While explosives were necessary for areas of basalt, much of the dirt work was accomplished with scrapers and dozers.
FNF widened two existing bridges by 14 feet, and built two completely new bridges for the new lanes. For one existing bridge, the contractor completely rebuilt the deck. On the other existing bridge, FNF ground 1 inch off the concrete deck, then replaced that material with 1 inch of special microsilica concrete.
“The reason we broke it into three sections was that there were some crossovers where we would build southbound lanes, and then we would cross over and start building northbound lanes,” says Billings. “Then we’d cross back over and build southbound again. We had to maintain one lane of traffic in each direction at all times. Once we had two new lanes built in a given section, we’d switch traffic onto the new lanes and then mill and resurface the existing two lanes. For the last mile-and-a-half, we rebuilt the entire roadway, because that’s where we tied into the roadway that FHWA was building near the new Colorado River bridge.”
FNF used a Caterpillar PM 565B milling machine to mill asphalt on the existing lanes, and a Caterpillar AP 1055D paver for the paving work. Three, and sometimes four, Caterpillar CB 634D asphalt rollers handled compaction duties. For the existing pavements, FNF milled off 2 inches and laid down a 3-inch mat of asphalt mixed with the Marshall method.
On the new pavements, the contractor placed and compacted a 10-inch aggregate base, then paved with 5 inches of hot-mix asphalt. That was topped with a half-inch of asphalt rubber-wearing course. In Arizona and other Western states, asphalt is typically placed with belly dump trucks that lay down a windrow of hot mix on the road to be paved. That’s what FNF did, and a Cedarapids MS2 windrow pickup machine elevated the asphalt into the Cat paver.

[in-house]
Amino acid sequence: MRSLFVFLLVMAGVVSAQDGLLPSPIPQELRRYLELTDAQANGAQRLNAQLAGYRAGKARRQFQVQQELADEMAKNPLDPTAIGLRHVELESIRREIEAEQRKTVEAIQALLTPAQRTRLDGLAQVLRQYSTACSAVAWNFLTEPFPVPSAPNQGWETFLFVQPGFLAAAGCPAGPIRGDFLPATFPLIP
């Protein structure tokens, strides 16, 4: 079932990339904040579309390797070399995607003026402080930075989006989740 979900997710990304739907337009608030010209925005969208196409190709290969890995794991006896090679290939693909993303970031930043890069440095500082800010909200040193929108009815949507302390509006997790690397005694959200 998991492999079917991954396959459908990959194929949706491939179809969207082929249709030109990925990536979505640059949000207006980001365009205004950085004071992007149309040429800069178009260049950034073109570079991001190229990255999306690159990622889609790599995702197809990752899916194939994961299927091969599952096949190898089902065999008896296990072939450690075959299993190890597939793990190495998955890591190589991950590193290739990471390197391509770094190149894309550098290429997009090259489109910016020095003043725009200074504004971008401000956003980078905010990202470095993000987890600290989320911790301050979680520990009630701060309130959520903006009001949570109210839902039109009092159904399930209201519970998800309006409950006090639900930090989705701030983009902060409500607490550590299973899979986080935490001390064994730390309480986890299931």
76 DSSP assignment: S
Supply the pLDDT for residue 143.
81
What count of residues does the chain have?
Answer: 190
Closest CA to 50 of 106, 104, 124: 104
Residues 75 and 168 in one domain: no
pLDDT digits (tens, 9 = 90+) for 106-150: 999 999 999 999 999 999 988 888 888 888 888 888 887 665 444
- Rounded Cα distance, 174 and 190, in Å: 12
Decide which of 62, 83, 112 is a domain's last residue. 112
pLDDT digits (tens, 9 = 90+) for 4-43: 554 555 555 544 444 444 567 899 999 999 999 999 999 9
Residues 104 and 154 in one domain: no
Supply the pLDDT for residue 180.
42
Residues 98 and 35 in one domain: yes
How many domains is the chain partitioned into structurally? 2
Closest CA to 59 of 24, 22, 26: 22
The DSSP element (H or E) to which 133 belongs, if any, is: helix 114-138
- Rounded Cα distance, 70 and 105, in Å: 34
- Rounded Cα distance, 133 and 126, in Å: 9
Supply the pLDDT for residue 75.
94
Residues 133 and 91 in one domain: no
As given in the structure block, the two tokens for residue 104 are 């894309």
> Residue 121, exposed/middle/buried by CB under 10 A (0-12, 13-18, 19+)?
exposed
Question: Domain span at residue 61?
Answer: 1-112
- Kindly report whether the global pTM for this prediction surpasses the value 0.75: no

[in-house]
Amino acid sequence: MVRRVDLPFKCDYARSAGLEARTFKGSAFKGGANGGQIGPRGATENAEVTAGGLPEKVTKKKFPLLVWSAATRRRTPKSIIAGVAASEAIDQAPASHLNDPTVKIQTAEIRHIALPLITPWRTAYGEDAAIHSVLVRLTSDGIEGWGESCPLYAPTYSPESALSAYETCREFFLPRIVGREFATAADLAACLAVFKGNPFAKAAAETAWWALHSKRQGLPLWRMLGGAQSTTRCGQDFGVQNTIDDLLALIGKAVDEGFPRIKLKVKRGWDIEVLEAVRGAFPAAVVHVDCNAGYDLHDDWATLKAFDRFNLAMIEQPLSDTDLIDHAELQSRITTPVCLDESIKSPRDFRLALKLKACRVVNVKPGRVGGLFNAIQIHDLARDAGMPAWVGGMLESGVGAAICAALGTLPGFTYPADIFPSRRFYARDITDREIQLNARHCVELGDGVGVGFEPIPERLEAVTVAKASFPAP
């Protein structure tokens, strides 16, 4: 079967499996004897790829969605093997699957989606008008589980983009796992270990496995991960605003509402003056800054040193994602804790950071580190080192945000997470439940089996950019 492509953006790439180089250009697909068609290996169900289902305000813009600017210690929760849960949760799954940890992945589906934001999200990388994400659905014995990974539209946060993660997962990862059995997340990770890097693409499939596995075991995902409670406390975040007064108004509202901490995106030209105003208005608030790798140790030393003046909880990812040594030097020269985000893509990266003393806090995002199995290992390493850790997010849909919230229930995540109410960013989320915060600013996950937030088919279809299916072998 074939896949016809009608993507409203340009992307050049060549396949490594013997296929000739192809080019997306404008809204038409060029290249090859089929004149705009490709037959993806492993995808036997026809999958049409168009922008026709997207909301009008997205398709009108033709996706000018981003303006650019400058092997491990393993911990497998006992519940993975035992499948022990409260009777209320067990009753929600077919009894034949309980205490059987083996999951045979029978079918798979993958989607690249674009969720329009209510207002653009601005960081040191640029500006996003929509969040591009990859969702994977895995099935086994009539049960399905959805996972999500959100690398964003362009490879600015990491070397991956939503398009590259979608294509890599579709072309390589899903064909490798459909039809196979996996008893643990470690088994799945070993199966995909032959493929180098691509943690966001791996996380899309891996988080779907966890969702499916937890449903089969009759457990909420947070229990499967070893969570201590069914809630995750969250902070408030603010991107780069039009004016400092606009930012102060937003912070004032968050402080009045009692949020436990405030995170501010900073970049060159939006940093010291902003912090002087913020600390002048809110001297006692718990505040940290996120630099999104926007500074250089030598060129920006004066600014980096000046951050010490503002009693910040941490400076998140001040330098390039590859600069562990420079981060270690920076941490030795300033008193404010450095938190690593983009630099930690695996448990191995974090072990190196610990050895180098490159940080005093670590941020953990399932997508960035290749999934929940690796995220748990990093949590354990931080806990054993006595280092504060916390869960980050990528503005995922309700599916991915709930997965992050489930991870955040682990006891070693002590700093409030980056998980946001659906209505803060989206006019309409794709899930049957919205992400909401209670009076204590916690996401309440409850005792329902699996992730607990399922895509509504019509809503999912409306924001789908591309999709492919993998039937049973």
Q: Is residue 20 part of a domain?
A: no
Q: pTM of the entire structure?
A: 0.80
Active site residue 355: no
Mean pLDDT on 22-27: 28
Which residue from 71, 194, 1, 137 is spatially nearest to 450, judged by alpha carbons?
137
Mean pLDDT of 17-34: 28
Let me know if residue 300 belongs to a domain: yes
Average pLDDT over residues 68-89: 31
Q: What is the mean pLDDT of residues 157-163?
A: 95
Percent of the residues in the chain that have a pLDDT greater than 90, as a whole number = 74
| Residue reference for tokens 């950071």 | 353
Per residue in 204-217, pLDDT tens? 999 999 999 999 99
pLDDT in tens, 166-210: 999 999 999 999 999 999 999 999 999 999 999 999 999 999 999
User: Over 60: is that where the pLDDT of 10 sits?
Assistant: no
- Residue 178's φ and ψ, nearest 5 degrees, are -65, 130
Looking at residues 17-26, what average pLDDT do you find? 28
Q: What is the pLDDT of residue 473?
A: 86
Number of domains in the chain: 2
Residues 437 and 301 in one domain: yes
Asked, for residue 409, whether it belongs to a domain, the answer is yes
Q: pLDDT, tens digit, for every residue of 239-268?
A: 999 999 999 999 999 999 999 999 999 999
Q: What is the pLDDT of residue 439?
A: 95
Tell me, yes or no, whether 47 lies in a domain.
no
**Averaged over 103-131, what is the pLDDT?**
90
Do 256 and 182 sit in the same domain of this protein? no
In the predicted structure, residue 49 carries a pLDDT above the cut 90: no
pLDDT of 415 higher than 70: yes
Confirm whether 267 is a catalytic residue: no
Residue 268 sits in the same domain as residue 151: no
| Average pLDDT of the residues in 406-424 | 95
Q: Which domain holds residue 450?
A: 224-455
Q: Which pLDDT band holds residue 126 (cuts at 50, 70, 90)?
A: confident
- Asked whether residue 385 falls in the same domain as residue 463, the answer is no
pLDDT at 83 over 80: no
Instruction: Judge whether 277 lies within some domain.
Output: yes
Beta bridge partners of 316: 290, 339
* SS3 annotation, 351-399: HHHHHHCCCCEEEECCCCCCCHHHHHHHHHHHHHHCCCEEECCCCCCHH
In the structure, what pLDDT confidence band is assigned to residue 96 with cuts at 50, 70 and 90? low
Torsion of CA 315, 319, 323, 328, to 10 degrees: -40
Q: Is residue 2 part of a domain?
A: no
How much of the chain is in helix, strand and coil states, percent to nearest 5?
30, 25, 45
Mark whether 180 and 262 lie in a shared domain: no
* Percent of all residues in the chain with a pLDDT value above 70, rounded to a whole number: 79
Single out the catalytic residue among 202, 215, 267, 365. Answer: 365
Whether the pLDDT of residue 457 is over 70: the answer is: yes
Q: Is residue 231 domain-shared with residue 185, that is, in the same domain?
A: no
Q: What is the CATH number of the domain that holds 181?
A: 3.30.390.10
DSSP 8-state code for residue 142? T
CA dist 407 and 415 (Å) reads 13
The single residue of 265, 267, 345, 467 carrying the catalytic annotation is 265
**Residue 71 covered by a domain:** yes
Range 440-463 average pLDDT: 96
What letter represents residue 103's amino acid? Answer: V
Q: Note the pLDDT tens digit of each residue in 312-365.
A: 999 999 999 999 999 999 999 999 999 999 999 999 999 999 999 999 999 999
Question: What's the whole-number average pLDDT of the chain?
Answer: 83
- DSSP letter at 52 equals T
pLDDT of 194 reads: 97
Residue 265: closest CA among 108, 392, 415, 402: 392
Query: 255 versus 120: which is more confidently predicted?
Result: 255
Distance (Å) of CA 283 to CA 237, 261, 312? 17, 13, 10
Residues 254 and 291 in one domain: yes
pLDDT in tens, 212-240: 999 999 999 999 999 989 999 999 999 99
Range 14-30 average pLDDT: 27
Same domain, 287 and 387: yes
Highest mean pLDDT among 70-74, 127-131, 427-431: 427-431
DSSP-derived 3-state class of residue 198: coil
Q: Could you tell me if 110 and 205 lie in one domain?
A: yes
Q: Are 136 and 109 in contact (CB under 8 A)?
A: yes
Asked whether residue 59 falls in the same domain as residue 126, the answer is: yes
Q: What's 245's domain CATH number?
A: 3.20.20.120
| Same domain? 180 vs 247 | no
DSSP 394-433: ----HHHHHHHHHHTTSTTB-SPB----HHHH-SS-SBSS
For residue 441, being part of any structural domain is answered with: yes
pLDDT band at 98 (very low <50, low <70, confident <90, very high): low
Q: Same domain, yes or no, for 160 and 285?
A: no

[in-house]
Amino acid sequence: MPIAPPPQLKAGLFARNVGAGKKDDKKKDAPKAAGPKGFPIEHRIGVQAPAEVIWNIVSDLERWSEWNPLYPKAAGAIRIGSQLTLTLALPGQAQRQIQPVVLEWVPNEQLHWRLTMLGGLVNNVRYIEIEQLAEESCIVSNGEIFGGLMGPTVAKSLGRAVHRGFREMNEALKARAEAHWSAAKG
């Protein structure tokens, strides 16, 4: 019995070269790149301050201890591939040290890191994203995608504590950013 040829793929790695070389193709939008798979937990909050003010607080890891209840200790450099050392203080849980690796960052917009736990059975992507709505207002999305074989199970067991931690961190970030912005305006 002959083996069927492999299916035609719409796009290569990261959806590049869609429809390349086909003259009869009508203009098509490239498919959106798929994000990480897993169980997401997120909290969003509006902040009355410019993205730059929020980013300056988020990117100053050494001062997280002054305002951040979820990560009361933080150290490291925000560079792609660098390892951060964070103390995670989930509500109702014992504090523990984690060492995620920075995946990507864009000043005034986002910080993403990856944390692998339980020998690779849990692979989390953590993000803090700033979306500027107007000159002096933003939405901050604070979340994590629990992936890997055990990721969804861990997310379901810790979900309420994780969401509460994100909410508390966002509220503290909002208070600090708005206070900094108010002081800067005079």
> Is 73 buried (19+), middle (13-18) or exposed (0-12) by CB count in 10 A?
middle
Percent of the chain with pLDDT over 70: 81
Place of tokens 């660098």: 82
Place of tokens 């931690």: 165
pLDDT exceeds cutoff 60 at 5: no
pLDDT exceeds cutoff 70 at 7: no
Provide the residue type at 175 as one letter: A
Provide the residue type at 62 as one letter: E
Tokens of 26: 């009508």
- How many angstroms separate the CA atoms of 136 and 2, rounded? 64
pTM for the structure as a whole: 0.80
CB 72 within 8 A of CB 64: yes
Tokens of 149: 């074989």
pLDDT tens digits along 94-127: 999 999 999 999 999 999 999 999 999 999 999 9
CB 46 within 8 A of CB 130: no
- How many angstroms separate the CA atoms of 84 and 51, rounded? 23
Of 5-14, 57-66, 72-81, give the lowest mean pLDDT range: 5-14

The quality of paving work succeeded in winning for FNF 90% of the maximum allowable smoothness bonuses available, or $557,000. How did that happen? “First, we buy state-of-the-art equipment, and even more importantly, we have experienced people who are very skilled at what they do,” says Billings. To control grade on the paver, FNF uses an automatic system made by Sauer Danfoss specifically for Caterpillar pavers.
“We keep the paver moving, and we run a consistent mix,” says Billings. “We try to set up roller patterns so that the roller pulls off the mat when it stops. That way we don’t create bumps. And we dial in the asphalt plant to the same rate of production that the paver is running.” If possible, FNF runs contact skis on both sides of the paver, for grade control. The paver worked between 11 and 16 feet wide on the US 93 project.
The Growth in Diverging Diamond Interchanges
An innovation known as a diverging diamond interchange (DDI) promises to reduce traffic congestion, greatly improve safety, and slash construction time and costs for an interstate interchange in suburban Rochester, NY.
Last spring, the New York State Department of Transportation let a $4.93 million construction contract for the interchange, which is located at the intersection of Interstate 590 and Winton Road in Monroe County. The closest alternative interchange, a partial cloverleaf, would have cost an estimated $6.5 million and taken three construction seasons to build, according to Eric Thompson, project engineer for the NYSDOT. By contrast, the new DDI will take just two construction seasons to construct. The project will receive a federal grant from the Highways for LIFE program, which aims to reward innovations that make highways safer, longer lasting, and quicker to build.
With a DDI, the two directions of traffic on the non-freeway road cross to the opposite side on both sides of the bridge at the freeway. Configuration eliminates left turns across traffic and minimizes conflict points, which results in fewer and less severe crashes.
The DDI design reduces the signal operation to two phases, because the protected left-turn phase is eliminated, says Wei Zhang, program manager of intersection/interchange safety with the Office of Safety R&D, Federal Highway Administration. The on-ramp left-turn traffic and the off-ramp left-turn traffic can move simultaneously with the crossing road through traffic, and those would be conflicting movements with conventional diamond interchange design.